By Kerrie Smyres | July 1, 2013
There’s an internal critic in my mind, a voice that judges me for lying on the couch and being unproductive during a migraine attack. This critic is a young, healthy person who has never had a migraine. That’s right, I constantly assess myself against a standard that has never applied to me.
Like a 50-year-old who looks in the mirror and berates herself for not looking like she’s a 20-year-old runway model, I evaluate myself against an entirely unrealistic standard. No wonder I’m forever falling short. I am not young and healthy; I never have been. Yet I regularly tell myself I should act as if I were.
I’m not alone in this. I shared a version of the first paragraph of this post with a chronic migraine forum and was shocked to see how many people identified with what I wrote. Not a day passes without a migraineur in my social media sphere saying they’re a bad parent for missing a kid’s sporting event or they’re lazy for letting dishes pile up or they’re weak for not being able to get through the day of work — all because of a migraine attack.
None of these people are stuck in bed because they are self-centered or weak or lazy or attention-seekers, but because they are ill. They aren’t staying home because they don’t want to participate in life, but because they are too sick to do so. Still, they constantly question their own illness, their own bodies, and their own day-to-day experiences. As do I.
Migraineurs are often frustrated by unkind, unthinking comments from the outside world. People who have never had a migraine seem to think they know better than those who live and breath migraine. We’re told that migraine is “only a headache” and “all in our heads.” We’re told that all we have to do is eat less [blank], drink more [blank], do [blank] exercise routine, “calm down,” or abide by some other current pop culture craze and our migraines will disappear.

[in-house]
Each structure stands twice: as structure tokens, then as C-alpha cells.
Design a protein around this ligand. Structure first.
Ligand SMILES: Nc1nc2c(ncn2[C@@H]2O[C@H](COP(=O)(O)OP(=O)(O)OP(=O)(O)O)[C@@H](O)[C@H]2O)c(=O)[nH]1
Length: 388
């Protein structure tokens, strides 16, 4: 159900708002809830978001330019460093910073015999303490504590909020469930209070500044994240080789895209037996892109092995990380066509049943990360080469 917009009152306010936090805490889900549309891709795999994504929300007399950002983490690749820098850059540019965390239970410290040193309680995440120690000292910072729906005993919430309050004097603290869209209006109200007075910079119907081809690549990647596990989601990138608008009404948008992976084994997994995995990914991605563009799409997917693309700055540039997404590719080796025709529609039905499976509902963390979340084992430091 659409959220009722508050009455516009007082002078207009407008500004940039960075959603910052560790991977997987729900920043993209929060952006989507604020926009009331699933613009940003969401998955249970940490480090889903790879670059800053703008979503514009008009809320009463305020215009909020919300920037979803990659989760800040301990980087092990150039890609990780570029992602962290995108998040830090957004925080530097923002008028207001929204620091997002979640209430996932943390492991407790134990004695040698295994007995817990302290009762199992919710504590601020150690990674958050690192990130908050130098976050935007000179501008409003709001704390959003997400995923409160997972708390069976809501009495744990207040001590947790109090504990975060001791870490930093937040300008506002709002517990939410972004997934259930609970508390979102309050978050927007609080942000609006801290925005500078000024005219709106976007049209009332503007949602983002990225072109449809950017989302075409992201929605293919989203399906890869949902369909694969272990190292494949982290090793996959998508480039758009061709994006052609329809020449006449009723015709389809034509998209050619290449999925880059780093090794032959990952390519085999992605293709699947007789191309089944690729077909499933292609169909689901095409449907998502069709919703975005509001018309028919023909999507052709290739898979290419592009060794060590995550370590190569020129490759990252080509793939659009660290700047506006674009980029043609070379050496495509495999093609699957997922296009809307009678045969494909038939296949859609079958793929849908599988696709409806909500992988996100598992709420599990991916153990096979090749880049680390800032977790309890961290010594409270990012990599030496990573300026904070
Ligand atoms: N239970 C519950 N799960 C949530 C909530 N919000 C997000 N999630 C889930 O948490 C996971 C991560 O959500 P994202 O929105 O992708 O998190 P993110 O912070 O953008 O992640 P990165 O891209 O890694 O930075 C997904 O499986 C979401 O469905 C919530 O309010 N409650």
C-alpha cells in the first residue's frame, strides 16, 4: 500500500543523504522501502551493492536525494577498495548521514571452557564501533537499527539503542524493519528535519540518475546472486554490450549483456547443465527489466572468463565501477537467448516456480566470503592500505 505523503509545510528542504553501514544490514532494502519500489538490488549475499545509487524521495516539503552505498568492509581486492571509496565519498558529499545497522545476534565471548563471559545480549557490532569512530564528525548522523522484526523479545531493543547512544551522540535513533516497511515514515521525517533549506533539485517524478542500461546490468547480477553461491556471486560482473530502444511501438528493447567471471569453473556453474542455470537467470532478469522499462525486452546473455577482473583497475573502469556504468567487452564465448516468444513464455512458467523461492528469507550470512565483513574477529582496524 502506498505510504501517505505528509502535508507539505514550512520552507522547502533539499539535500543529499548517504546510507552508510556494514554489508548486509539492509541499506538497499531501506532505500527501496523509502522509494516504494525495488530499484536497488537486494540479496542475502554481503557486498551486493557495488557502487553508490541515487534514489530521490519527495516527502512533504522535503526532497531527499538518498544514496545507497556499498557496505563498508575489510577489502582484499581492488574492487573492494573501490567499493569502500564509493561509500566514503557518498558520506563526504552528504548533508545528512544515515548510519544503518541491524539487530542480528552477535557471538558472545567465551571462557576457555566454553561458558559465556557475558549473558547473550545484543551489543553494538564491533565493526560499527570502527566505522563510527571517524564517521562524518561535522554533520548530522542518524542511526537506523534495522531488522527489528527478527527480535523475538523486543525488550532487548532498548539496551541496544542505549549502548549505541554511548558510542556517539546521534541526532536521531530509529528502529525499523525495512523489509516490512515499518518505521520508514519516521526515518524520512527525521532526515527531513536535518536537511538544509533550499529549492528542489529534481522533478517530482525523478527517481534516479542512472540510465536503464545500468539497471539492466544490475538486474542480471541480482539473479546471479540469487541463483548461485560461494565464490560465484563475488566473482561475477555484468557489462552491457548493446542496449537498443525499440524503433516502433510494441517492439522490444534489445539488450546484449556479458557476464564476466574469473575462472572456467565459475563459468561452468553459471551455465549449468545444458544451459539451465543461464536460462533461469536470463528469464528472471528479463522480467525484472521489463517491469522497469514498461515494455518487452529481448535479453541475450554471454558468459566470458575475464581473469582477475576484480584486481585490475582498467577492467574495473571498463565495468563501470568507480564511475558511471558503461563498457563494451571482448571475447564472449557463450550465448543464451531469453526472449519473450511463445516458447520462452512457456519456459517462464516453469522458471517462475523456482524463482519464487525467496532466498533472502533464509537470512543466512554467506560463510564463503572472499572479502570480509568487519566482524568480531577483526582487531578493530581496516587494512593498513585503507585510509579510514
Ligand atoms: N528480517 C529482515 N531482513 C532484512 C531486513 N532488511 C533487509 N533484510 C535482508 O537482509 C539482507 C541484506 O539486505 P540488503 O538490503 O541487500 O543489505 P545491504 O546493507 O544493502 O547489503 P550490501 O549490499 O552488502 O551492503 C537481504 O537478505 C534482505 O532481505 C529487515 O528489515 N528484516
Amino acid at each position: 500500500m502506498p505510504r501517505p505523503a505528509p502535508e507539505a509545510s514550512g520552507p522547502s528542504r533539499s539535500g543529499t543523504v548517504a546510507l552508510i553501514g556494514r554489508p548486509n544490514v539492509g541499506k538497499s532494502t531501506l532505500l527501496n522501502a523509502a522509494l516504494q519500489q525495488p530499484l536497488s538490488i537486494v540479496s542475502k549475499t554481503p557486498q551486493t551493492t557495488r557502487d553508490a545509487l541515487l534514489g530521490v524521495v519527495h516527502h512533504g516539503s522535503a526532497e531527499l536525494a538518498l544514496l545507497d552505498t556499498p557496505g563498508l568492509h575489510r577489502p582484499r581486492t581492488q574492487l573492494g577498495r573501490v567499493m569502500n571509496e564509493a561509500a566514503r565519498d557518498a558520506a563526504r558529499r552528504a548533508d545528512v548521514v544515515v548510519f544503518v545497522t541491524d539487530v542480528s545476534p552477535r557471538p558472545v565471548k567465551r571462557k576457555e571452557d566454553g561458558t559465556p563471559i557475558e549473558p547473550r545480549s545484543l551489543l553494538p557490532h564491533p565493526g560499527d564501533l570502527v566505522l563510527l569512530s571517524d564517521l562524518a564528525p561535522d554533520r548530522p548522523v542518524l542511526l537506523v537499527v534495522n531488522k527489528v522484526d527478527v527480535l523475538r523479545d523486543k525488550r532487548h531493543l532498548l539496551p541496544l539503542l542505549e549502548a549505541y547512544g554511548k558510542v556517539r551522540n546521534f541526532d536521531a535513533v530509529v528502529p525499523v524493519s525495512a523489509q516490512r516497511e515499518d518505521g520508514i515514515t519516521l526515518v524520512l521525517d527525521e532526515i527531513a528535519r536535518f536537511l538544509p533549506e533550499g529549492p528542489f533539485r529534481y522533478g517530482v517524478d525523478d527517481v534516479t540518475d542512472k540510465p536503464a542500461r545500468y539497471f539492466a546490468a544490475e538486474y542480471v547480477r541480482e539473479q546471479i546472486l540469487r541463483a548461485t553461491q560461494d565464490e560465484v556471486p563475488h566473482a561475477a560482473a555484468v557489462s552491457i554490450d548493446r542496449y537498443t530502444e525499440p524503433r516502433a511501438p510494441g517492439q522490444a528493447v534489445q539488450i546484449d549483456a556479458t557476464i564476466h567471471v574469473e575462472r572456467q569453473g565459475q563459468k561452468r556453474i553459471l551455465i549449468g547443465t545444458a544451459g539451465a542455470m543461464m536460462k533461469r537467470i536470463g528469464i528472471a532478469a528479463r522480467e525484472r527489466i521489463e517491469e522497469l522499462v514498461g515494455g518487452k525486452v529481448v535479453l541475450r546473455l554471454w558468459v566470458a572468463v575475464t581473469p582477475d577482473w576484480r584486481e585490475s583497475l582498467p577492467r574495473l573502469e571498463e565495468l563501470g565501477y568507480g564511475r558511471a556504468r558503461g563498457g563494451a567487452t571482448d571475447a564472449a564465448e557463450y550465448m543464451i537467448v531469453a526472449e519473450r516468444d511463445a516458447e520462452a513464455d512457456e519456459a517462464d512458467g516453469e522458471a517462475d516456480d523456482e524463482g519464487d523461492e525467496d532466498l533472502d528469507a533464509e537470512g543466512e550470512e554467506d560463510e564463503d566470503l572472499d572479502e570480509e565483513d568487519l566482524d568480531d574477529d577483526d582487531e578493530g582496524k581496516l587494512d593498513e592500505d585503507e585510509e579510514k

The voice of the internal critic that I and many other chronic migraineurs possess appears to have developed out of these and other similarly ignorant beliefs about migraine that abound in our culture. We can easily scoff when someone tells us to stick cabbage to our foreheads (yes, this was a “cure” floating around on Facebook recently), but it isn’t so easy to brush of the implied meaning behind these messages. Instead, these insidious beliefs work their way into our self-perceptions until we, too, think that we’d get better if we only tried harder, that we’re somehow to blame for our illness.
It doesn’t matter that migraineurs constantly work our butts off at maintaining a schedule, minimizing stress, eating right, finding triggers, trying treatments, etc. We work tirelessly at improving our health — much harder than most people ever have to and more than they can possibly imagine. As if we weren’t already exhausted enough by the physical experience of migraine, we focus our limited remaining resources on trying to avoid future attacks. Despite all our efforts, we still think that we need to work harder, do more.
I’ve never cared much what other people think, so you might assume it wouldn’t matter to me that society treats illness as a sign of weakness and personal failure. The problem is that I internalized these beliefs long before I even knew they existed, let alone how harmful they are. I am not struggling against an outside force, but against myself. That’s the most painful part of all.